Successful leaders are the power and intellect behind their organizations. They are the visionaries charged with steering their brand around pitfalls.
Here are eight things that exceptional bosses tell their employees daily. Start using these daily (or begin looking for a boss who does), and watch your success skyrocket.
Like everyone in your workplace, millennials should be celebrated for the strengths of their differences. Where one executive sees someone with a selfie fixation, another leader sees a teammate who has meaningful and important insights into the next social trend.
The Hope Theory, which was tested in the early 1990s, finds that hope can play a dual role– working positively before the appearance of a problem, as well as after a problem has appeared.
Not all leaders are good and acknowledgement of this can often be the first step towards better leadership. In order to lead better, leaders and academics have turned to the idea of authentic leadership.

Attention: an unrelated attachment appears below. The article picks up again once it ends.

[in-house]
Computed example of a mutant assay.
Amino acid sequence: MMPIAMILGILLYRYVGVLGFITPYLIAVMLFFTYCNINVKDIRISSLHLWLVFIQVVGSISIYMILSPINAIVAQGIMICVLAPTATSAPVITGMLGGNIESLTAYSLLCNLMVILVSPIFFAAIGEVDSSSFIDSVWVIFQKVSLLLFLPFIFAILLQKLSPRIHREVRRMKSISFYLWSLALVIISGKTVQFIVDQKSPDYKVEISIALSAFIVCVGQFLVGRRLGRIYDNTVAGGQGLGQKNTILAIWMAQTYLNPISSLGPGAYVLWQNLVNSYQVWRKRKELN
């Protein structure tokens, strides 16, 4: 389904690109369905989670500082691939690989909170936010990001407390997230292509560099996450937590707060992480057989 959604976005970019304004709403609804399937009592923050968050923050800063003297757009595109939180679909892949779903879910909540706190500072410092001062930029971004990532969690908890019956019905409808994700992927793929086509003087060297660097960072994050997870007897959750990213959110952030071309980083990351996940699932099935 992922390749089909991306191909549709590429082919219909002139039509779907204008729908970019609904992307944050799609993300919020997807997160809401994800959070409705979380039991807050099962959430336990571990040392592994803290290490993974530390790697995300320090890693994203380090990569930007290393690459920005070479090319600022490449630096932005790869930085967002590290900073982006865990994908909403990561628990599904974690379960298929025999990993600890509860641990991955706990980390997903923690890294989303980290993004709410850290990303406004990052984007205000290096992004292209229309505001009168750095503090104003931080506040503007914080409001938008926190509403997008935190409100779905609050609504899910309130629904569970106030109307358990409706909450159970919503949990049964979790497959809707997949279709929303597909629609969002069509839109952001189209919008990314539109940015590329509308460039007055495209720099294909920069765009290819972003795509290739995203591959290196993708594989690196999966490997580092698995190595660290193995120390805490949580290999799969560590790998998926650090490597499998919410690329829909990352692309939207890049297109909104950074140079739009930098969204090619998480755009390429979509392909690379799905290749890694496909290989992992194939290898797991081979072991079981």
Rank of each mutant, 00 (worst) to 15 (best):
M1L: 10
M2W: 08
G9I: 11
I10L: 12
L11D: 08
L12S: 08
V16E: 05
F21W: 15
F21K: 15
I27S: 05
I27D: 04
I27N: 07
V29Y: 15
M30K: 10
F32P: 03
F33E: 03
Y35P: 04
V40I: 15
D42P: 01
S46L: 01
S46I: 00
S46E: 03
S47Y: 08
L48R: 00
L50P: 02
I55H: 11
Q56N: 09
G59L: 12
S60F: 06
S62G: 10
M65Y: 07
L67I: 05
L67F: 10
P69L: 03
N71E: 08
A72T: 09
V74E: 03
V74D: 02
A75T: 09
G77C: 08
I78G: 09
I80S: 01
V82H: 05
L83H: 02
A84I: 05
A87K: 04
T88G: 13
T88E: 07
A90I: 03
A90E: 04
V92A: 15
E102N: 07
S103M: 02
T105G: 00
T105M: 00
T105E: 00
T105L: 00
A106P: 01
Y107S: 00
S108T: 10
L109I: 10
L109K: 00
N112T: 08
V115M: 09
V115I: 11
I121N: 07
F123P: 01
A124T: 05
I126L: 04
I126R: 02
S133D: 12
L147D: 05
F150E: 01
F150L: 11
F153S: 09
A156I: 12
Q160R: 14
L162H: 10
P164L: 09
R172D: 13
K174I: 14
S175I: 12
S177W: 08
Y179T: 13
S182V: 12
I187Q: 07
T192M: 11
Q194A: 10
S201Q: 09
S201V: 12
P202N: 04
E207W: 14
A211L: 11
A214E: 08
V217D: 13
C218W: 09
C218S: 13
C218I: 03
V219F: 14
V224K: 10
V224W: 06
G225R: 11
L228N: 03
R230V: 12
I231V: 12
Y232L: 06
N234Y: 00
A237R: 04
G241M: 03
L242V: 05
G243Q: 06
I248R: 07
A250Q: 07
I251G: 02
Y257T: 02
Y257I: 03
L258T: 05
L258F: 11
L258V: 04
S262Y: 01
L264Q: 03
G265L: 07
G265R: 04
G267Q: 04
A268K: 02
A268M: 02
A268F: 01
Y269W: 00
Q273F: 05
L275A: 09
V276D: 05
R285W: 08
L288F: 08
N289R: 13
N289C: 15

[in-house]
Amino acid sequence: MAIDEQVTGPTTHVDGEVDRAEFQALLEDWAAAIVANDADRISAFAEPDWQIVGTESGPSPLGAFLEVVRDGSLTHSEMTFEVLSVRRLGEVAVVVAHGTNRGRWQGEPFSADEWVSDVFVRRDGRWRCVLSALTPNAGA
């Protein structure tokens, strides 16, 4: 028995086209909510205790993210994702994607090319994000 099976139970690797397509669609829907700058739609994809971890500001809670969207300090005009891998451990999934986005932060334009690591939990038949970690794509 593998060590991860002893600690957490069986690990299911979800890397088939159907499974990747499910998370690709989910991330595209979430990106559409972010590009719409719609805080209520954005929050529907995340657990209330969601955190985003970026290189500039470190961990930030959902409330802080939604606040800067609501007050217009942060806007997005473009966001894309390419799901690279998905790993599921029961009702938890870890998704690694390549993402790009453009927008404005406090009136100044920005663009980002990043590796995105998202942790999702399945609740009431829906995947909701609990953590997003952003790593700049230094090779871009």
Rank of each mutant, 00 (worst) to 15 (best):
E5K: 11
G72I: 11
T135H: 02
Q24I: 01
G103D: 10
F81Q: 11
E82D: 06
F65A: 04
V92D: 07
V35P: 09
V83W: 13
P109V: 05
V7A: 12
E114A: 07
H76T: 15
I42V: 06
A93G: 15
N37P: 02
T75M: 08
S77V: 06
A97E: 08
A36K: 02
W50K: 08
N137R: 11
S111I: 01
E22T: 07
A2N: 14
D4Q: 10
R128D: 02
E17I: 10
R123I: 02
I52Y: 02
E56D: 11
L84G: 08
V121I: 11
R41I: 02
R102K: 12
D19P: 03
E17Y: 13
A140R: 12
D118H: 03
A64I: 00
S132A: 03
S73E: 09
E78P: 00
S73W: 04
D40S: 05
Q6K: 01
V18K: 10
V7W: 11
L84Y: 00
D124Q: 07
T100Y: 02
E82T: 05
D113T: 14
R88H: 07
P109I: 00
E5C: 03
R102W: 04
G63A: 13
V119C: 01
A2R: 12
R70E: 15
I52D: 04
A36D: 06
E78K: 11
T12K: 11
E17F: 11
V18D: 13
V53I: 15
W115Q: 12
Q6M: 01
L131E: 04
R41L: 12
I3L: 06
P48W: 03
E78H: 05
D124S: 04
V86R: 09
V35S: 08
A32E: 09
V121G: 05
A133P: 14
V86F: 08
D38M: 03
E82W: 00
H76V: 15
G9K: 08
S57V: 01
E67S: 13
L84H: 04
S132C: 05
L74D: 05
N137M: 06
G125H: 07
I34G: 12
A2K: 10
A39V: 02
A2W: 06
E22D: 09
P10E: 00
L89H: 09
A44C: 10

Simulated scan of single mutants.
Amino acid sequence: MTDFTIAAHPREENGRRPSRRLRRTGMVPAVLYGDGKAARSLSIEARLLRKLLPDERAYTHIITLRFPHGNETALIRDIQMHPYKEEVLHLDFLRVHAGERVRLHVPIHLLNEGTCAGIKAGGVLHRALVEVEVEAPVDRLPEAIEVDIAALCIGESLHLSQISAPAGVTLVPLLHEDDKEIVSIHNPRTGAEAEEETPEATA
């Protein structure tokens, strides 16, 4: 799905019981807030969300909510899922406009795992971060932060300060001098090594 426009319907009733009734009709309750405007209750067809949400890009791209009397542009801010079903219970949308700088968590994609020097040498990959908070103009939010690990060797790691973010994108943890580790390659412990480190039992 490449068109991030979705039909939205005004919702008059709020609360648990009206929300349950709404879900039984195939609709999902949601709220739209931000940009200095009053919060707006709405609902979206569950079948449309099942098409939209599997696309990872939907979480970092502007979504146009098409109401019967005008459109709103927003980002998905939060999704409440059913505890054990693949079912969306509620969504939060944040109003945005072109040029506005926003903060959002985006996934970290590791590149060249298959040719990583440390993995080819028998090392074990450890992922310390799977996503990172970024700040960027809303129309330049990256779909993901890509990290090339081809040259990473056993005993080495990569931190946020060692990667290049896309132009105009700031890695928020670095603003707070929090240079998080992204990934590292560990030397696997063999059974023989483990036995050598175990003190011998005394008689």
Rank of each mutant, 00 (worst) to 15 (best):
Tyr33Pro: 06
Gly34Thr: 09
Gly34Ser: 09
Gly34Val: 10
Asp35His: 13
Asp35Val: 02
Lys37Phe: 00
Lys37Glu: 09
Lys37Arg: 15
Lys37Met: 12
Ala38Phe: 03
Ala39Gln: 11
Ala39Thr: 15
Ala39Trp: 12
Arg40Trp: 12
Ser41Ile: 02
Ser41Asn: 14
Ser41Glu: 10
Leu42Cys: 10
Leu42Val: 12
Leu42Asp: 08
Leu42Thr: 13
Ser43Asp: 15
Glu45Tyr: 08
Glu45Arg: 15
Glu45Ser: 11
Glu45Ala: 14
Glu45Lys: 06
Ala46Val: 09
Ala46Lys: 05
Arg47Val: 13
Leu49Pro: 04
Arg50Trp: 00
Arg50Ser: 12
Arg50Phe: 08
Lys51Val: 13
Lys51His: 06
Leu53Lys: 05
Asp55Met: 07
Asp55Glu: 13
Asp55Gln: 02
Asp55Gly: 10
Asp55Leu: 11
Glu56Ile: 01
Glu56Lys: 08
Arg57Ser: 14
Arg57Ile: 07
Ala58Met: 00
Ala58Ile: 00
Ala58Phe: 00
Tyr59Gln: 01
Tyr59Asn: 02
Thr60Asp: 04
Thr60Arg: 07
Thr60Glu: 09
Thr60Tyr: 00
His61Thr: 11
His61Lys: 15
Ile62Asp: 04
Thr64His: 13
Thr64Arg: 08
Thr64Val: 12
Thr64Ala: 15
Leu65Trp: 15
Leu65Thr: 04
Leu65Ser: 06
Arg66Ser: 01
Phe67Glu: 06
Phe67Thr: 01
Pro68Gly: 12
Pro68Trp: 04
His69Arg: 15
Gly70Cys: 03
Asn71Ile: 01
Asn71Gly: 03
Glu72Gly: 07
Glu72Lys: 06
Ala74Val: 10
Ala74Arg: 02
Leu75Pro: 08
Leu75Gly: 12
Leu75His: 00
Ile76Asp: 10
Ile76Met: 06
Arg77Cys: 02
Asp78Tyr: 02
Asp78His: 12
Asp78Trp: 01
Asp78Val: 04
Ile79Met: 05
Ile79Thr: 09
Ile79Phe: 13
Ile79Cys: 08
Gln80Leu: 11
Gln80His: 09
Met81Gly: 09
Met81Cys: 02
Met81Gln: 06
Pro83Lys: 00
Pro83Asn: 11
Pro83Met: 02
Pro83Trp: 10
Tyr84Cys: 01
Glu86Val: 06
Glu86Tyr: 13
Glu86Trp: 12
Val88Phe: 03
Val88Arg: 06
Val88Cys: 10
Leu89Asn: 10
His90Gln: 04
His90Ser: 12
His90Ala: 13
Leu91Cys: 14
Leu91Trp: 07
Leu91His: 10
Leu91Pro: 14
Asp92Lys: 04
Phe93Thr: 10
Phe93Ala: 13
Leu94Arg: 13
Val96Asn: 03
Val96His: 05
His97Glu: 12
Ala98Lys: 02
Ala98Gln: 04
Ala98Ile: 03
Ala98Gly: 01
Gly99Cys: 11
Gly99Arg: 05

Occasionally, though, CEOs are out of their depth. Or perhaps just trying to secure their own bonuses, rather than drive companies in fresh new — and even profitable — directions.
Featured here are books that hone your management skills, usually by providing examples, both good and bad.
We’ve come to expect a lot of our leaders. Top executives, the thinking goes, should have the intellectual capacity to make sense of unfathomably complex issues.
“It’s been said that leadership is making important but unpopular decisions. That’s certainly a partial truth, but I think it underscores the importance of focus. To be a good leader, you cannot major in minor things, and you must be less distracted than your competition. To get the few critical things done, you must develop incredible selective ignorance. Otherwise, the trivial will drown you.”
When we think of great leaders, certain characteristics come to mind: They have confidence in their abilities and conviction in their beliefs. They “trust their gut,” “stay the course,” and “prove others wrong.” They aren’t “pushovers,” and they certainly don’t “flip-flop.” But this archetype is terribly outdated.